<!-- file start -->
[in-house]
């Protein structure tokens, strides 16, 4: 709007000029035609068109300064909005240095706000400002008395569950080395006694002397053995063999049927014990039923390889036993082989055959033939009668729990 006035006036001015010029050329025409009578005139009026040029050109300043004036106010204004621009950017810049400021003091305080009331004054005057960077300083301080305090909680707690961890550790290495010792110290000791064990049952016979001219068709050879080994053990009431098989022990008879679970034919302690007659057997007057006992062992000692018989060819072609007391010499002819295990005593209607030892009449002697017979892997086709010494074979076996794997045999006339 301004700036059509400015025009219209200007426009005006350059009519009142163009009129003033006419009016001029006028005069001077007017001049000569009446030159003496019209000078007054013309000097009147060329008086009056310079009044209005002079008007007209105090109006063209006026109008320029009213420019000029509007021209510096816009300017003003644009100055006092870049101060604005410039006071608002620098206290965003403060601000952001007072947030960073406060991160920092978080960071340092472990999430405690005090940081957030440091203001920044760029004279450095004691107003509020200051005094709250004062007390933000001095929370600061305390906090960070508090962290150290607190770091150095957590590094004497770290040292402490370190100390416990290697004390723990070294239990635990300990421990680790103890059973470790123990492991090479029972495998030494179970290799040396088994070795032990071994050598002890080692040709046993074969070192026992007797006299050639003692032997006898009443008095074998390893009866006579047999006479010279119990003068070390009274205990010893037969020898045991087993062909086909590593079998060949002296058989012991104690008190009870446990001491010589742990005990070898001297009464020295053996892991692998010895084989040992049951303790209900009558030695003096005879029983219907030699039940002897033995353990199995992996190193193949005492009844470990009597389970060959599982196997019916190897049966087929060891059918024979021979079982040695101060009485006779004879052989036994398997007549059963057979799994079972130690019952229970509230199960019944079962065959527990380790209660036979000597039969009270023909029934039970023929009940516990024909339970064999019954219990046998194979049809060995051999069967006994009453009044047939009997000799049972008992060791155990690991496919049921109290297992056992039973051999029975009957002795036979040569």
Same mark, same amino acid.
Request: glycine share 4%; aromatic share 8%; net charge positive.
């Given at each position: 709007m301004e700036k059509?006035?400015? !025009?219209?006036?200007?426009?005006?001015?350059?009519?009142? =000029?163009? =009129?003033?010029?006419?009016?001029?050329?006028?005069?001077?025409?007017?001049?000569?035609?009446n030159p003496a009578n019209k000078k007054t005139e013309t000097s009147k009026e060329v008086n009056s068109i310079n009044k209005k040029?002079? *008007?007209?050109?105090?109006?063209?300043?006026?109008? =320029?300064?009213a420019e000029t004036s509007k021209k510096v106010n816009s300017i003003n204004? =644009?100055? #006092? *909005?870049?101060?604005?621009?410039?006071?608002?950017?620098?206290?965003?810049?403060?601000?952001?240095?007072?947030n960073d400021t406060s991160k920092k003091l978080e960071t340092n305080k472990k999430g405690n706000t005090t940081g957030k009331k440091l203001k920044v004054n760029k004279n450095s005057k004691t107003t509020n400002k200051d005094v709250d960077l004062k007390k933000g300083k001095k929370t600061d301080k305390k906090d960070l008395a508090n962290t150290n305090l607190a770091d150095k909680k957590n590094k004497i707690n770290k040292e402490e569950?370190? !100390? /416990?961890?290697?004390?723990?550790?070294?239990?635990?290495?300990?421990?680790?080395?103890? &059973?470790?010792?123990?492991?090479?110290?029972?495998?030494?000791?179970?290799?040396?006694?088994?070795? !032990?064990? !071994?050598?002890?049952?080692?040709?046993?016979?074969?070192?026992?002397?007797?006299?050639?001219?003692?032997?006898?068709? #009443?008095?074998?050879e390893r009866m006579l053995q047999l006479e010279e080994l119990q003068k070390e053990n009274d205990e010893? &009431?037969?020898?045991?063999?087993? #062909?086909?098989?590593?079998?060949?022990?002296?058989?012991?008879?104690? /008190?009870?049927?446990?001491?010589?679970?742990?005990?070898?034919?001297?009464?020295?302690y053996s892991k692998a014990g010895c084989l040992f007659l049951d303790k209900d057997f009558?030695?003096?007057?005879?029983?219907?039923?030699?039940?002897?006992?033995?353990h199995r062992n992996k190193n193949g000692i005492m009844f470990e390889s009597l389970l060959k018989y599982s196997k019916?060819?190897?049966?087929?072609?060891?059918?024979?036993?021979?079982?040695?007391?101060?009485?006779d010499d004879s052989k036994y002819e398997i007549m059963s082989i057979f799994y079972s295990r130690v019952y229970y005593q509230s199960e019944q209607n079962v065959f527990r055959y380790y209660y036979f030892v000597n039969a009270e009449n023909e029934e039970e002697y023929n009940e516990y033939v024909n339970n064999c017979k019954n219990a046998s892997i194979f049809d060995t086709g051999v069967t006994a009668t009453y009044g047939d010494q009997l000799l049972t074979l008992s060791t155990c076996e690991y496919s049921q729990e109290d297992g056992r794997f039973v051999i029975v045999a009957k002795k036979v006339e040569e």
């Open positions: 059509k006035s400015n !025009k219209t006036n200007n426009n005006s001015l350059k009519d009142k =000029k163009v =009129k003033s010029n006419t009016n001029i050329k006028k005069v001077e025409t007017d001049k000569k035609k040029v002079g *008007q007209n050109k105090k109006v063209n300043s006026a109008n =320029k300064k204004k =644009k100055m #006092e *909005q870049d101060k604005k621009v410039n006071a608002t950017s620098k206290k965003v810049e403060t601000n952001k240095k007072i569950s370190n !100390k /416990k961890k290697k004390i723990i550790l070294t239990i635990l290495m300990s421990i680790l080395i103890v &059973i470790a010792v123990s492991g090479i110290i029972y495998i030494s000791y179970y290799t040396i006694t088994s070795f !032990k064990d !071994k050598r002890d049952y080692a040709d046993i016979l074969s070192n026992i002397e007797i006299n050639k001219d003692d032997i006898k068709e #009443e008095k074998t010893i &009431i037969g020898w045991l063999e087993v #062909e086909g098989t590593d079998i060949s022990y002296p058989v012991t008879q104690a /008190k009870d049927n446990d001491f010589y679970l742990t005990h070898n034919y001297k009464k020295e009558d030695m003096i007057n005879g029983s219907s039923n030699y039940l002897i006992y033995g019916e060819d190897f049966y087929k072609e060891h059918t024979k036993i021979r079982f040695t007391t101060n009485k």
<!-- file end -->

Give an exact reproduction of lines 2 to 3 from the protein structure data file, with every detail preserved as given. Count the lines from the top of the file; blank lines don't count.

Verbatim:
């Protein structure tokens, strides 16, 4: 709007000029035609068109300064909005240095706000400002008395569950080395006694002397053995063999049927014990039923390889036993082989055959033939009668729990 006035006036001015010029050329025409009578005139009026040029050109300043004036106010204004621009950017810049400021003091305080009331004054005057960077300083301080305090909680707690961890550790290495010792110290000791064990049952016979001219068709050879080994053990009431098989022990008879679970034919302690007659057997007057006992062992000692018989060819072609007391010499002819295990005593209607030892009449002697017979892997086709010494074979076996794997045999006339 301004700036059509400015025009219209200007426009005006350059009519009142163009009129003033006419009016001029006028005069001077007017001049000569009446030159003496019209000078007054013309000097009147060329008086009056310079009044209005002079008007007209105090109006063209006026109008320029009213420019000029509007021209510096816009300017003003644009100055006092870049101060604005410039006071608002620098206290965003403060601000952001007072947030960073406060991160920092978080960071340092472990999430405690005090940081957030440091203001920044760029004279450095004691107003509020200051005094709250004062007390933000001095929370600061305390906090960070508090962290150290607190770091150095957590590094004497770290040292402490370190100390416990290697004390723990070294239990635990300990421990680790103890059973470790123990492991090479029972495998030494179970290799040396088994070795032990071994050598002890080692040709046993074969070192026992007797006299050639003692032997006898009443008095074998390893009866006579047999006479010279119990003068070390009274205990010893037969020898045991087993062909086909590593079998060949002296058989012991104690008190009870446990001491010589742990005990070898001297009464020295053996892991692998010895084989040992049951303790209900009558030695003096005879029983219907030699039940002897033995353990199995992996190193193949005492009844470990009597389970060959599982196997019916190897049966087929060891059918024979021979079982040695101060009485006779004879052989036994398997007549059963057979799994079972130690019952229970509230199960019944079962065959527990380790209660036979000597039969009270023909029934039970023929009940516990024909339970064999019954219990046998194979049809060995051999069967006994009453009044047939009997000799049972008992060791155990690991496919049921109290297992056992039973051999029975009957002795036979040569």
Same mark, same amino acid.